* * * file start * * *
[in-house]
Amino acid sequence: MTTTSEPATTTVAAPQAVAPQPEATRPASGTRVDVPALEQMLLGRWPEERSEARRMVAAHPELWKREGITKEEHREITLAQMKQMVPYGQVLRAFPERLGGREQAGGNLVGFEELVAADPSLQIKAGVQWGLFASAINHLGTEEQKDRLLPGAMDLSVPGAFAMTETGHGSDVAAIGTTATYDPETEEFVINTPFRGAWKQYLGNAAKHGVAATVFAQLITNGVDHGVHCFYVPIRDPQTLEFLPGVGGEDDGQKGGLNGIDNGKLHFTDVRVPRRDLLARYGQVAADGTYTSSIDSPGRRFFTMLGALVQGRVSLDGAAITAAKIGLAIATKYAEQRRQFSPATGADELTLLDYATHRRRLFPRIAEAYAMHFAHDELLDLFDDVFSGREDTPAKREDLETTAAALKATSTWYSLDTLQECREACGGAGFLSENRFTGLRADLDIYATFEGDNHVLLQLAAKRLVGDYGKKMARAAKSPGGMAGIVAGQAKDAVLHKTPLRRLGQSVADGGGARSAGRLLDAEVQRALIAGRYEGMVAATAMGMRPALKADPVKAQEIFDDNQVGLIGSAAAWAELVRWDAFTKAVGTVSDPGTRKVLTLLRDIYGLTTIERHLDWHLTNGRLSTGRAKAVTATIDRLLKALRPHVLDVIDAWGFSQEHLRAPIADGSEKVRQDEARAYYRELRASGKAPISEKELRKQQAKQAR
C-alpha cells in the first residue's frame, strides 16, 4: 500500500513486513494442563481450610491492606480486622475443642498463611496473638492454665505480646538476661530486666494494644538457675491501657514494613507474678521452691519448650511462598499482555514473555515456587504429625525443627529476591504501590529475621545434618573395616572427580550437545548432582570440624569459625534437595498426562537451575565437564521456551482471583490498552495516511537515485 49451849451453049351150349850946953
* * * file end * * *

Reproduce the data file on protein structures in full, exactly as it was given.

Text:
[in-house]
Amino acid sequence: MTTTSEPATTTVAAPQAVAPQPEATRPASGTRVDVPALEQMLLGRWPEERSEARRMVAAHPELWKREGITKEEHREITLAQMKQMVPYGQVLRAFPERLGGREQAGGNLVGFEELVAADPSLQIKAGVQWGLFASAINHLGTEEQKDRLLPGAMDLSVPGAFAMTETGHGSDVAAIGTTATYDPETEEFVINTPFRGAWKQYLGNAAKHGVAATVFAQLITNGVDHGVHCFYVPIRDPQTLEFLPGVGGEDDGQKGGLNGIDNGKLHFTDVRVPRRDLLARYGQVAADGTYTSSIDSPGRRFFTMLGALVQGRVSLDGAAITAAKIGLAIATKYAEQRRQFSPATGADELTLLDYATHRRRLFPRIAEAYAMHFAHDELLDLFDDVFSGREDTPAKREDLETTAAALKATSTWYSLDTLQECREACGGAGFLSENRFTGLRADLDIYATFEGDNHVLLQLAAKRLVGDYGKKMARAAKSPGGMAGIVAGQAKDAVLHKTPLRRLGQSVADGGGARSAGRLLDAEVQRALIAGRYEGMVAATAMGMRPALKADPVKAQEIFDDNQVGLIGSAAAWAELVRWDAFTKAVGTVSDPGTRKVLTLLRDIYGLTTIERHLDWHLTNGRLSTGRAKAVTATIDRLLKALRPHVLDVIDAWGFSQEHLRAPIADGSEKVRQDEARAYYRELRASGKAPISEKELRKQQAKQAR
C-alpha cells in the first residue's frame, strides 16, 4: 500500500513486513494442563481450610491492606480486622475443642498463611496473638492454665505480646538476661530486666494494644538457675491501657514494613507474678521452691519448650511462598499482555514473555515456587504429625525443627529476591504501590529475621545434618573395616572427580550437545548432582570440624569459625534437595498426562537451575565437564521456551482471583490498552495516511537515485 49451849451453049351150349850946953